Knowing When Broccoli is Ready to Pick

Broccoli is a nutritious and delicious cool-season vegetable ready for picking in the fall, winter, or spring, but the best time for harvesting your crop depends on when it was planted and whether you are growing a short-season or a long-season variety.


Broccoli Variety and Harvest Dates

Some varieties of broccoli have growing seasons of 48 to 90 days, and these are known as short-season varieties. Other types, known as long-season varieties, have a growing period of 90 to 120 days or longer until the plants are mature enough to be ready for harvest.

Short-season broccoli varieties grow best in late winter and early spring by starting seeds in March and April and harvesting plants between May and July. Start long-season broccoli varieties in late August or in September and harvest mature plants between December and March.

You can find out the days to harvest by reading the seed package or looking at the planting tag on seedlings purchased at a nursery. Days to harvest are counted from the time the seedlings are transplanted into the garden and not from the date seeds are sown.

Whether your crop of broccoli will be ready at the lower end or the higher end of the days to harvest date range depends on growing conditions in your garden, including:

  • How many hours of direct sun the plants receive.
  • How many hours of direct sun the plants receive.
  • How often the plants are watered.
  • How much fertilizer the plants are given while growing.

Broccoli also comes in varieties which form a dense head, such as the types most commonly found in the grocery store and types called sprouting broccoli, which form long spears of flowers instead of a dense, main head. Sprouting broccoli varieties also come in long-season and short-season varieties.

Knowing When Broccoli is Ready to Pick

Broccoli is a cool weather crop, and this means the best time for planting is in early fall or early spring, so that harvesting occurs before the weather is too hot. When broccoli matures in warm or hot weather, the taste becomes strong and bitter and plants can bolt, meaning they flower suddenly and early.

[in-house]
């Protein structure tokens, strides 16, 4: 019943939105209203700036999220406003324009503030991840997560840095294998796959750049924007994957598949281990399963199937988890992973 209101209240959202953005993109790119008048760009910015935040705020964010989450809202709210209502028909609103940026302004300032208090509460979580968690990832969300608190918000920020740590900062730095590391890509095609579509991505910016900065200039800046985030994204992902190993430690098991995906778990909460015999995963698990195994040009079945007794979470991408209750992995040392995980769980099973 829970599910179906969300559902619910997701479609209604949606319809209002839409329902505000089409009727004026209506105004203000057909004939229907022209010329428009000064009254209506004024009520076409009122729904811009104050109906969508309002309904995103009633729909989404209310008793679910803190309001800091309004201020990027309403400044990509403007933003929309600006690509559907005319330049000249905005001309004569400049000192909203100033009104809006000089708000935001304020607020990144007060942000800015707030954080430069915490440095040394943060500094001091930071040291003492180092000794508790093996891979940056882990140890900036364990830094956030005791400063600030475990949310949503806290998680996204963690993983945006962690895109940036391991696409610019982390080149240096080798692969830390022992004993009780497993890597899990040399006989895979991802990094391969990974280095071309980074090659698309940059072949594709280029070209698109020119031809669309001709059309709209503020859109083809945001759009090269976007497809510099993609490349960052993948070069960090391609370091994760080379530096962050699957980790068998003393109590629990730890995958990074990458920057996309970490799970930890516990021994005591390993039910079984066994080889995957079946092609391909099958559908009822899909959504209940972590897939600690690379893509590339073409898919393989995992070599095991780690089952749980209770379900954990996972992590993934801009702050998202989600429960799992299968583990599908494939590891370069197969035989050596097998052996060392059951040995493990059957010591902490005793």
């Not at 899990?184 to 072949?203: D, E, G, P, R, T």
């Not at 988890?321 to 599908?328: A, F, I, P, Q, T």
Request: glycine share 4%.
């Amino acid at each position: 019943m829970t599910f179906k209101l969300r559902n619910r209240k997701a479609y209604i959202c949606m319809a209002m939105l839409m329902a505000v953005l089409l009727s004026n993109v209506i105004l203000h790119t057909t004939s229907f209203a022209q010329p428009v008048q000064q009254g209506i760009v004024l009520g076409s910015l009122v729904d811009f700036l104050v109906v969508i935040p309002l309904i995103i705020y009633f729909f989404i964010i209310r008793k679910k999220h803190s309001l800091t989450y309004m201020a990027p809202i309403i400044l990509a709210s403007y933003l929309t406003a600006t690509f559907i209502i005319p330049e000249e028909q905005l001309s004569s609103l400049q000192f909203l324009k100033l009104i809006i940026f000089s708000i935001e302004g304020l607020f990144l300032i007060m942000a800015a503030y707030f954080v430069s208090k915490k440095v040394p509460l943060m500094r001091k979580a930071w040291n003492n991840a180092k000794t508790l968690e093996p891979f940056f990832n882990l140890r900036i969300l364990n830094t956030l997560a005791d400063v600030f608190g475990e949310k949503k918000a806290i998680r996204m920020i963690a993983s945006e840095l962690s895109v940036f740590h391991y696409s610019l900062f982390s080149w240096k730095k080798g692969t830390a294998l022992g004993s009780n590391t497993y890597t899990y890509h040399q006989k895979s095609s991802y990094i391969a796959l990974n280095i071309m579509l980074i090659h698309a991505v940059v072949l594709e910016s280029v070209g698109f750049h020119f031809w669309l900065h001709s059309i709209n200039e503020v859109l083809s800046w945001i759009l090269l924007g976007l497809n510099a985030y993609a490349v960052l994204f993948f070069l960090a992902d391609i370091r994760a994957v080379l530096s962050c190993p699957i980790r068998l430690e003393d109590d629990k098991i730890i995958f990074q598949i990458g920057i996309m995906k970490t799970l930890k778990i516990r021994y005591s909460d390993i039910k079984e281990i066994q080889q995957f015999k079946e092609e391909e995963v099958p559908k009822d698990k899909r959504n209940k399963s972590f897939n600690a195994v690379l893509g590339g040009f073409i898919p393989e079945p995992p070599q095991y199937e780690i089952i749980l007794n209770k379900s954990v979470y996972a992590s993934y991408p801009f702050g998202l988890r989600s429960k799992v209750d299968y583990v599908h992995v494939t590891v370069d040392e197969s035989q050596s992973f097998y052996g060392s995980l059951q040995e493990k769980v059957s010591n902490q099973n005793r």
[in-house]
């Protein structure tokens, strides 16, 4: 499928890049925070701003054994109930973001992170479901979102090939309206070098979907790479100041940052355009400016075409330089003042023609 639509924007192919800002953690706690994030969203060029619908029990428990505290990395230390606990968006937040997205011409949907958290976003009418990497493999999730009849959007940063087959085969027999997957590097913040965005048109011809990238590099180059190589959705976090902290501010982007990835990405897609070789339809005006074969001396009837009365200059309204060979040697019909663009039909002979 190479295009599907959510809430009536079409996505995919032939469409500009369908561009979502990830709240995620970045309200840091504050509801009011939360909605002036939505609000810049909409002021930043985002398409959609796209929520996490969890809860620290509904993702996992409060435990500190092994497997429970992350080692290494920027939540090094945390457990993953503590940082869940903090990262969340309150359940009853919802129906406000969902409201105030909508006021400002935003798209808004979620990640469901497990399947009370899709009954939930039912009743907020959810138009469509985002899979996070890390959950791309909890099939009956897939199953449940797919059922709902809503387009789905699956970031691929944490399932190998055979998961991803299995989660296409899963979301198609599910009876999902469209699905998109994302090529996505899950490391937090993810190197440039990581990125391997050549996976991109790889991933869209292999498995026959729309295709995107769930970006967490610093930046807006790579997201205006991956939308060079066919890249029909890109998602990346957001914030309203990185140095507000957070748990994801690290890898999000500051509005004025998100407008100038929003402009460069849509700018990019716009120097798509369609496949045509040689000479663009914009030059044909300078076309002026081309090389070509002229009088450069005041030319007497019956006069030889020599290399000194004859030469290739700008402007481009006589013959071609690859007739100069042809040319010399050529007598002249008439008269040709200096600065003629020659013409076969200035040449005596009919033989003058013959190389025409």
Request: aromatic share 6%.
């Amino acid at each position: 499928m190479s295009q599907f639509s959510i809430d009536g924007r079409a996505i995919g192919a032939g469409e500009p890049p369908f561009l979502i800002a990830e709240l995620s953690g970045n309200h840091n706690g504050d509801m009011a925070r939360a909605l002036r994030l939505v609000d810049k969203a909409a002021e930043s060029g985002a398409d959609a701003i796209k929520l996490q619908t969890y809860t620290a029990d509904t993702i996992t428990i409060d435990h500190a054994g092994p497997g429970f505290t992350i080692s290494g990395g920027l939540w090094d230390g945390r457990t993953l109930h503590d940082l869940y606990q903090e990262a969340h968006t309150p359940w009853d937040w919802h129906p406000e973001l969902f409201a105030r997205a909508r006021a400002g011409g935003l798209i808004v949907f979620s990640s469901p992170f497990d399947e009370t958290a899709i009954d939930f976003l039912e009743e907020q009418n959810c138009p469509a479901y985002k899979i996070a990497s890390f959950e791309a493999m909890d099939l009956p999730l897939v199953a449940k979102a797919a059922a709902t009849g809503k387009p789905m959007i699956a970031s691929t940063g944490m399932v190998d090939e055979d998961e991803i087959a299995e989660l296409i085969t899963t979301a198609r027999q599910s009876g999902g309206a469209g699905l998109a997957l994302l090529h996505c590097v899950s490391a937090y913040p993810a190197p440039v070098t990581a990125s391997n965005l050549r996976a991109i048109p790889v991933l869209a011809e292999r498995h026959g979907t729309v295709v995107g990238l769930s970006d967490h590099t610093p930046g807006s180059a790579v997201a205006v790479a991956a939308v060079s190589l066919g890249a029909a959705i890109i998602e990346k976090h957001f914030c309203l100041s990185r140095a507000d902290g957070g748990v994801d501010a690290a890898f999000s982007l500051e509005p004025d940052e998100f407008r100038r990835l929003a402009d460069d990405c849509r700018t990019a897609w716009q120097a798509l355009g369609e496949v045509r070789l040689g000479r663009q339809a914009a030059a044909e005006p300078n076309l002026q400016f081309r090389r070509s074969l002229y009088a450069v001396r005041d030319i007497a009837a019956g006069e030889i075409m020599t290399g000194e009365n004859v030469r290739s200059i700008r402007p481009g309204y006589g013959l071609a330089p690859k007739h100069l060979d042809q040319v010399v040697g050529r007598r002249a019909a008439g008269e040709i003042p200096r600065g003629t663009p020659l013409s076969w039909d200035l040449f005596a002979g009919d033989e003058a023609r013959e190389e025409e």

After transplanting broccoli seedlings into the garden, mark your calendar and begin counting the days to harvest as indicated on the seed package or nursery tag.

Broccoli varieties which form dense heads are ready for harvest when the head is full, firm, and dark green but before the head starts to flower, split, or turn yellow. The size of mature heads depends on the variety and varies between 4 inches (10.2 cm) and 8 inches (20.3 cm) in diameter.

The shoots of sprouting broccoli varieties grow to a length of approximately 6 inches (15 cm) to 10 inches (25 cm) at maturity.

Sprouting broccoli varieties are ready for harvest when the flower shoots are covered with dense, green clusters of flower buds which have not yet opened and turned yellow.

Some short-season, heading broccoli varieties are:

  • Di Cicco – 48 to 85 days
  • Calabrise – 60 to 90 days
  • Romanesco – 75 to 100 days

A short-season, sprouting variety is:

  • Spring Rapini – 60 to 70 days

A long-season, sprouting variety is:

  • Purple sprouting – 175 to 180 days

What to do After You Harvest Broccoli

After harvesting the main head or shoots from your broccoli plants, you can keep growing the plant and it will produce additional, smaller heads or shoots below the one you have already picked. Just continue watering and caring for the plants, and these tasty, but smaller, side shoots will keep growing for several weeks after the main harvest.

The leaves of broccoli are also edible and tasty, and they are packed with vitamins and minerals. Harvest small, tender leaves after the main crop has been picked, and cook them like spinach, or add them to stir-fry dishes or soups.